The life and times of Goolam Vahanvati
When it comes to the pioneer lawyers that India has ever had, Goolam Vahanvati is among the first few names that cross our minds. Revered by law aspirants across the country, Vahanvati was the 13th Attorney General for India and the first Muslim to become the senior-most law officer of the Indian government. He has left behind a rich and inspirational legacy. As per sources, he was a UPA loyalist, and back in the day, he heavily influenced the politics of the country.
Vahanvati did not have a smooth life while growing up. He came from a middle-class family of Mumbai, and life threw many financial crunches at him. However, he did not let his economic background come in the way of his education. He graduated from St. Xavier's College and went on to pursue a law degree from Mumbai's Government Law College. He aced almost every exam he appeared for, and while studying as a Tata scholar, he also gave lectures at Sophia College and St Xavier's College in Mumbai. This teacher-turned-lawyer was heavily inspired by his father, Essaji Vahanvati, who was a practicing lawyer himself. The young Vahanvati used to sit in court for hours to witness his father arguing in cases. In an interview, he shared an instance of his father citing a page number during a case for reference, and a remark from the judge came, "We accept your word Mr. Vahanvati. We do not need to check the reference." It was this incident that left a profound impact on Vahanvati. Years later, when Vahanvati was in the Supreme Court, the judges told him that they had full faith in what he had said during cross-questioning. This instance made him believe that he was following the footsteps of his father and has honed his father's craft as a lawyer. It was the Bombay High Court from where Vahanvati began his career under Fali S Nariman, a well-known jurist of that time. He went on to work under other eminent advocates such as Ashok Sen, Ashok Desai, and Soli Sarabjee.
In the early 1980s, Goolam Vahanvati became no less than a legend in the Bombay High Court. Lawyers across the country knew him and have heard a lot about him. He was often regarded as the “go-to” junior counsel in the Bombay Bar. Thanks to his prodigious hard work and intelligence, it didn’t take him long to be the favourite of Mr. F.S. Nariman. As the advocate general of Maharashtra from December 1999 to June 2004, he successfully handled a lot of cases. He represented the state in the public interest litigation of the fake stamp paper scam of Rs. 60,000 crore. During this time, he was also successful in fighting the challenge to reservation for OBCs (Other Backward Classes) in higher educational institutions. Not only that, the Maharashtra government was also vigorously defended by him in the case regarding the Dabhol power project. Other vital cases in his career include Rajiv Gandhi assassination, FDI policy, Italian marines, and the Kudankulam nuclear plant.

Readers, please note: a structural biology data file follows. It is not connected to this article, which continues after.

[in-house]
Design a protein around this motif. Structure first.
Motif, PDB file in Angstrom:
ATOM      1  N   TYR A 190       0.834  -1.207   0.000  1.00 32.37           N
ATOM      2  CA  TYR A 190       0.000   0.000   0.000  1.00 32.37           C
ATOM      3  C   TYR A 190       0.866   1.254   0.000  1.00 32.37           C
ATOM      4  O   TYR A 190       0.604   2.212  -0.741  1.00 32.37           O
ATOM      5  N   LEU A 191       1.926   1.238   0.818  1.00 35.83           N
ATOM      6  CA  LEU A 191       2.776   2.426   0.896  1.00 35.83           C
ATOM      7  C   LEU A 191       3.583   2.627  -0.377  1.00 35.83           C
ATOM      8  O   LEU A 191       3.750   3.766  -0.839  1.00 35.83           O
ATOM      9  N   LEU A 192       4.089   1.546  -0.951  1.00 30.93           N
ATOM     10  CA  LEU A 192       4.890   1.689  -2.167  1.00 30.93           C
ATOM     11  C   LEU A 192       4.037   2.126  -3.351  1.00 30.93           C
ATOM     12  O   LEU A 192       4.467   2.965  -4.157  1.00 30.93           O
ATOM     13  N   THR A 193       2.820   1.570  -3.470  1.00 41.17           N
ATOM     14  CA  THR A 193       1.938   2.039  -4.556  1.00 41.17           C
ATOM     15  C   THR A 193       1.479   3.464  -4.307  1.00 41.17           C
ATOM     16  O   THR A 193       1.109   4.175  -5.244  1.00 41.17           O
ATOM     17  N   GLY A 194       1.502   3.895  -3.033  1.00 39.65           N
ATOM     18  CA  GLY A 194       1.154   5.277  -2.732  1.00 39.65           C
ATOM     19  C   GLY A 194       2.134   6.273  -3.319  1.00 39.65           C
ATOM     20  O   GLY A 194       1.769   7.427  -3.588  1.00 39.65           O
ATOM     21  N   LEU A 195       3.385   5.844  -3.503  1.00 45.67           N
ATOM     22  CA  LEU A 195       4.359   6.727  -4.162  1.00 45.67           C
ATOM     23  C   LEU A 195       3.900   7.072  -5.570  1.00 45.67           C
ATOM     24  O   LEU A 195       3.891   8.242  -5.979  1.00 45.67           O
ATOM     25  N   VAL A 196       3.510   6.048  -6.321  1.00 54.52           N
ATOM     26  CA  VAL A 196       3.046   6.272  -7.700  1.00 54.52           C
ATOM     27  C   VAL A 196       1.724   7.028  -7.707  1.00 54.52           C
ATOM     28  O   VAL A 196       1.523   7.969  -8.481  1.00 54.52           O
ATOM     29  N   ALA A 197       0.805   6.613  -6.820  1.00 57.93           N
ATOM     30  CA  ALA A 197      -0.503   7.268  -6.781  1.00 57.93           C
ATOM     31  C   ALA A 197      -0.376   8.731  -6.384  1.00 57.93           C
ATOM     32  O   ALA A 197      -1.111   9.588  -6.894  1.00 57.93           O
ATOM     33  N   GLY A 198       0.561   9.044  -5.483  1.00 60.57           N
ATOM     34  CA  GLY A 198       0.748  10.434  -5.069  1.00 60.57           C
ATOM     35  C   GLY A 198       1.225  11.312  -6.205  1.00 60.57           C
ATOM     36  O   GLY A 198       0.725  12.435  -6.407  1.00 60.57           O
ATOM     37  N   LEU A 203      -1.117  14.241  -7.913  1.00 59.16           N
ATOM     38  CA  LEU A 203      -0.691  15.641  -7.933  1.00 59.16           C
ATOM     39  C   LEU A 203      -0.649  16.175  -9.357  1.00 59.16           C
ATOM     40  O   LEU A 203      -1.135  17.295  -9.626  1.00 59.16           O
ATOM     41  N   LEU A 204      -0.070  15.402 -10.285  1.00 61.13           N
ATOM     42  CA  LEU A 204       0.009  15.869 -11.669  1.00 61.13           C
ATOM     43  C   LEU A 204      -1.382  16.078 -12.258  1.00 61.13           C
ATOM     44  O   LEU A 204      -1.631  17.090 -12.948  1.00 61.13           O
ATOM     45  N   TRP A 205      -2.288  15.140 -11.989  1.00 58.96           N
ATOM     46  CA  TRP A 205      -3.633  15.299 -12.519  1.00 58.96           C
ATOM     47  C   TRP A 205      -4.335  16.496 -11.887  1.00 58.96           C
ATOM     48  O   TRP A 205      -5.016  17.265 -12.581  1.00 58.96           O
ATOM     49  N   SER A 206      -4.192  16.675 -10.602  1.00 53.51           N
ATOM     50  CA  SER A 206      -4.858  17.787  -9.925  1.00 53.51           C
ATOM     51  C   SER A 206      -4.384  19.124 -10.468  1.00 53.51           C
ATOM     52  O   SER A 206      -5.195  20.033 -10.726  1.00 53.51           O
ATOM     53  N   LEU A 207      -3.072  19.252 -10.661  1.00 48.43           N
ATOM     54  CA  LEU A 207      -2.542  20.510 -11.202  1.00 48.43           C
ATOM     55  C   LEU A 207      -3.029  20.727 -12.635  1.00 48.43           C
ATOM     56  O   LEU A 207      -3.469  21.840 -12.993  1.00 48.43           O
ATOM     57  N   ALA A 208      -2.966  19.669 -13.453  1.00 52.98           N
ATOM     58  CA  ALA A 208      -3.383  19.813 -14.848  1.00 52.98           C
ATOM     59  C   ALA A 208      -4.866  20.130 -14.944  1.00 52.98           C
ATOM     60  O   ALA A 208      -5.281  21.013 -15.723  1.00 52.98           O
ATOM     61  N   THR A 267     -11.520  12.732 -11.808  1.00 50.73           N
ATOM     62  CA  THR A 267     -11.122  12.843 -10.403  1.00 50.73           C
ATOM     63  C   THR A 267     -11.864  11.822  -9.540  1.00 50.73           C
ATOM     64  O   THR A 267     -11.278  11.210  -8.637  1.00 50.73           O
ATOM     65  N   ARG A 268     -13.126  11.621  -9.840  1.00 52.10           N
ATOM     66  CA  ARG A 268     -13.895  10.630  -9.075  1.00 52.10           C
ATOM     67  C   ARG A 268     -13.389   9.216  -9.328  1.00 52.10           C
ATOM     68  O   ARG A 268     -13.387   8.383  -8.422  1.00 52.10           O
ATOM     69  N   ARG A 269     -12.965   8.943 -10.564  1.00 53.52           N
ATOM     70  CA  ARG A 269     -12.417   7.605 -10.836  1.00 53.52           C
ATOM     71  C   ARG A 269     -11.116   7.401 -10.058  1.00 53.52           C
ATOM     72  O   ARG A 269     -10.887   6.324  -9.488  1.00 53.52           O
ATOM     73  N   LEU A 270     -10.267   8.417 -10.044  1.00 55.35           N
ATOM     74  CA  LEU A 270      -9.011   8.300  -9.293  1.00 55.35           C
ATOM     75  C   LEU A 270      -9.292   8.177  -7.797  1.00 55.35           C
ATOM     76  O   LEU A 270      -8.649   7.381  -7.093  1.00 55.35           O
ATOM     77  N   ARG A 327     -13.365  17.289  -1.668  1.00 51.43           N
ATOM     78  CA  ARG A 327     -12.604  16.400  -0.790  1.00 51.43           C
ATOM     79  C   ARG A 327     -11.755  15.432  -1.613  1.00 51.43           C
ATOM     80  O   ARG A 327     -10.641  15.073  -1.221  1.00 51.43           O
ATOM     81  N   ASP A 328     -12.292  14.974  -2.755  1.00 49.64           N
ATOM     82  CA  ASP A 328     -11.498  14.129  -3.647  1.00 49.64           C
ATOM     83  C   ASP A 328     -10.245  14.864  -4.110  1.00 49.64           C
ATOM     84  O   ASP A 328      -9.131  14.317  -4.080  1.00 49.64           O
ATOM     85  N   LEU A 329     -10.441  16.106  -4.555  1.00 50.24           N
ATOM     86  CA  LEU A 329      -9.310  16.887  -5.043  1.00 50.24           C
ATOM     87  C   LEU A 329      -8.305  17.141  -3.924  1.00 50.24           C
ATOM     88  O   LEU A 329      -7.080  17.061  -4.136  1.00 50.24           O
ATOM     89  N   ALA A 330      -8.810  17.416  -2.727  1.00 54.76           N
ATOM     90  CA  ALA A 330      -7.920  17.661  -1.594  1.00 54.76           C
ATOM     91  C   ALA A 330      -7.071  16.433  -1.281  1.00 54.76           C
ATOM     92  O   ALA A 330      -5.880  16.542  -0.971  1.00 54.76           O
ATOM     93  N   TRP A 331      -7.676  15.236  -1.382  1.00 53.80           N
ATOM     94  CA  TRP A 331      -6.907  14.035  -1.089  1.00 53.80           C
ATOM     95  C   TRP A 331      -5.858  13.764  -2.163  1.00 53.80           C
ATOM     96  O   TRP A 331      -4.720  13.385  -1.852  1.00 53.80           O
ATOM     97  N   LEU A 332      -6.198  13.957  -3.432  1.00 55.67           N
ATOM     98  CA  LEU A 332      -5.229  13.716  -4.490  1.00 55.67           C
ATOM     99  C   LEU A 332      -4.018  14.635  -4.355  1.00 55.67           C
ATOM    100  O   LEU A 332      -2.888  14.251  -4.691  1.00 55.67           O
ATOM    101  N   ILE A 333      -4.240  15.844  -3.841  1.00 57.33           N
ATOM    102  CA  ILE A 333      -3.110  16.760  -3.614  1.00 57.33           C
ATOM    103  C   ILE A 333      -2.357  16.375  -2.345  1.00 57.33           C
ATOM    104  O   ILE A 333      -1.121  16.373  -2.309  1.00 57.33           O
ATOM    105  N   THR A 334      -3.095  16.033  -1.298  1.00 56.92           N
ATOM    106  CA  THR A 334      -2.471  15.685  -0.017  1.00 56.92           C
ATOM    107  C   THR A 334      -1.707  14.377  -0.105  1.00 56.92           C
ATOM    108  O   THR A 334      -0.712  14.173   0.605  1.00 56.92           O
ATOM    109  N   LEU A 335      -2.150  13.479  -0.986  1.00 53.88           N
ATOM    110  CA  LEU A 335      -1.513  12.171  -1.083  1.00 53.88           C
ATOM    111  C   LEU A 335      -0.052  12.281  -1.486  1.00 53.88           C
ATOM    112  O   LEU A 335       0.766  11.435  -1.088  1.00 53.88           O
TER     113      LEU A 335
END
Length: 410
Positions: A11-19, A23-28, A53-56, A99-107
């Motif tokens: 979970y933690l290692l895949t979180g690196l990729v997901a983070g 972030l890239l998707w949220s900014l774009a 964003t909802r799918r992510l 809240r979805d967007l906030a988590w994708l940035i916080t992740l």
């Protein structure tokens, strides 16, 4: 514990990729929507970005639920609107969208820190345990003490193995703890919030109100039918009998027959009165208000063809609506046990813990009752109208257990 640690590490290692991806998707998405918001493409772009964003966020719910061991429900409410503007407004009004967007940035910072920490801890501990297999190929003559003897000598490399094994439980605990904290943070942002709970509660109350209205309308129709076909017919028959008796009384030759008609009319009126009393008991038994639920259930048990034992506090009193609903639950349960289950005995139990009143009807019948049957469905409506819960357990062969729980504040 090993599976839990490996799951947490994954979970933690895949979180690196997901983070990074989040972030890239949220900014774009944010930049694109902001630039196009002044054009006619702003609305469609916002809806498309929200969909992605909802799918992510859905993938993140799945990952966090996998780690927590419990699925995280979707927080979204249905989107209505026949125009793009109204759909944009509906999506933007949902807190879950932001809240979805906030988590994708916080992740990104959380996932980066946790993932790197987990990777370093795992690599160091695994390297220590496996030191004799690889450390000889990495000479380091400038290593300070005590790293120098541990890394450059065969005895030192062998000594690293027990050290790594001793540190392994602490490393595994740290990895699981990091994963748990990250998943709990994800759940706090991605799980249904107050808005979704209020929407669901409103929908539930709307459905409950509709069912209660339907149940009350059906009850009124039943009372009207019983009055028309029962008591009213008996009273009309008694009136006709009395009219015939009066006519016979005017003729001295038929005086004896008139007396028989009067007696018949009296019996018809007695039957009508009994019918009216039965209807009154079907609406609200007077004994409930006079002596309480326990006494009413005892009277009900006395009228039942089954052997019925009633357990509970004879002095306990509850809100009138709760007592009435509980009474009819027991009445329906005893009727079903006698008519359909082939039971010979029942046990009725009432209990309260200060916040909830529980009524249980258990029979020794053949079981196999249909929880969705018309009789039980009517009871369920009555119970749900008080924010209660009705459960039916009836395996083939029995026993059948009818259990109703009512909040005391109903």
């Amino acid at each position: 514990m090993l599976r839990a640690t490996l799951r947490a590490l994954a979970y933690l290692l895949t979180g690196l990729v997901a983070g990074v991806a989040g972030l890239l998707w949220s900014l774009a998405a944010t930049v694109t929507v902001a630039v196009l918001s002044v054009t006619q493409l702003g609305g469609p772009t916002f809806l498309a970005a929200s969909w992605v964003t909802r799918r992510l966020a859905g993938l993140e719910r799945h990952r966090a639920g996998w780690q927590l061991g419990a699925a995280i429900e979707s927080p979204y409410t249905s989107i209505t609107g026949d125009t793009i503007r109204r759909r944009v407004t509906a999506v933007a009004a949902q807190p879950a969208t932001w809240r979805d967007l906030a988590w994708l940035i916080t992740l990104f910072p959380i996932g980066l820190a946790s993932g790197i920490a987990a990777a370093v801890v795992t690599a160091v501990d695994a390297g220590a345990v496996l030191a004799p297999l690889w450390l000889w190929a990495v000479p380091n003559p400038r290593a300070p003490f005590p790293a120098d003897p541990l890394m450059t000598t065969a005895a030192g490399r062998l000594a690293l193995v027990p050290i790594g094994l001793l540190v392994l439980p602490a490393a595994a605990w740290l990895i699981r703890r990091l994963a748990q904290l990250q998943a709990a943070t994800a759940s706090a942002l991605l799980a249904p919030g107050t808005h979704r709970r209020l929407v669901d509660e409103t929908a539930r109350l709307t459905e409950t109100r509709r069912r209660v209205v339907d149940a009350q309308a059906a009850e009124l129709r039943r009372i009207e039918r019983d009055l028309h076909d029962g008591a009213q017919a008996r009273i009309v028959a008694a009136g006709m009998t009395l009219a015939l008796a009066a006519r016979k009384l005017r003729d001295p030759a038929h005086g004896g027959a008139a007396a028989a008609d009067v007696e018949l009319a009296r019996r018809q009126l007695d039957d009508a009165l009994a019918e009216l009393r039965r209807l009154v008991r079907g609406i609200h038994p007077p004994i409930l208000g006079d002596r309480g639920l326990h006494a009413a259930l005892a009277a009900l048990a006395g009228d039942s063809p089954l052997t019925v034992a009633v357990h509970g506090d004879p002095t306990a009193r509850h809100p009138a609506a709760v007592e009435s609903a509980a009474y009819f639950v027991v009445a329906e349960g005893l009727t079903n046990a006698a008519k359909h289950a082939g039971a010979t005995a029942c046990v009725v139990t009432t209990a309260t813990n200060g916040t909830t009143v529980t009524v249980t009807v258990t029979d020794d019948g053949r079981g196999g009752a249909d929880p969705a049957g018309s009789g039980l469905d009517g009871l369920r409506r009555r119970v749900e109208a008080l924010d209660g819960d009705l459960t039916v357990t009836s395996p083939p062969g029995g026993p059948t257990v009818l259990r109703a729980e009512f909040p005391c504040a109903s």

Throughout his career, Vahanvati took upon a plethora of vested interests and also won. When the UPA rose to power in 2004, he was approached for becoming the solicitor general. He got promoted to attorney general in UPA 2. He was always keen on public service. After working in the Bombay High Court, he reluctantly decided on moving to New Delhi. At first, he had to struggle a lot. Initially, for almost two months, he stayed at a hotel at his own expense. He was tired of eating out and without any settlement. After he was allotted a home, he spent a lot of money on building his Canning Lane house.
It was in 1990 when Vahanvati got promoted as the senior lawyer. Throughout his legal career as a government lawyer, he was revered for following strict regulations and often turning down party invitations. He did not want to be accessible to networks or surrounded by the wrong people. From December 1999 to June 2004, Vahanvati served as the Advocate General of Maharashtra, in 2004, he was finally designated as the Solicitor General of India. In his career, Vahanvati handled an array of significant cases, some of which are still talked about
The legal luminary was 65 years old when he died of a massive cardiac arrest after being unwell for three months. On his death, many lawyers came up to express their shock and grief over the loss. Rafiq Dada, the senior counsel and formed president of Bombay Bar Association stated, "I saw him argue his first case. Even in the most difficult cases, he would find an easy solution. Sometimes, juniors get a lot of flak from Judges, but he would handle every situation politely... He went on to hold the highest legal position in the country. He was an outstanding lawyer."
He has been the guiding light for many law aspirants. He was blessed with a phenomenal memory and took up over 30 cases every day. He was one of the most sharp-minded and hard-working lawyers of India. Young lawyers often visited the court to listen intently to Vahanvati’s arguments and learn from him. His death will always be a great loss to the Indian legal fraternity. He is still remembered as a man with various interests. He liked listening to Cuban music of the 1950s and had a collection of rock music featuring Jim Morrison and Led Zeppelin. A foodie by heart, Vahanvati shared his culinary talent with the world by writing food recipes for columns in various magazines. His tenure as the top law officer of the country was marked by numerous controversial and high profile cases, such as the 2G scam case for which he was asked to depose as a witness in the trial of A. Raja, former minister. In an interview, Vahanvati admitted that the post of the attorney-general often turned out to be an "onerous responsibility".
Disclaimer: This is a company press release. No HT journalist is involved in creation of this content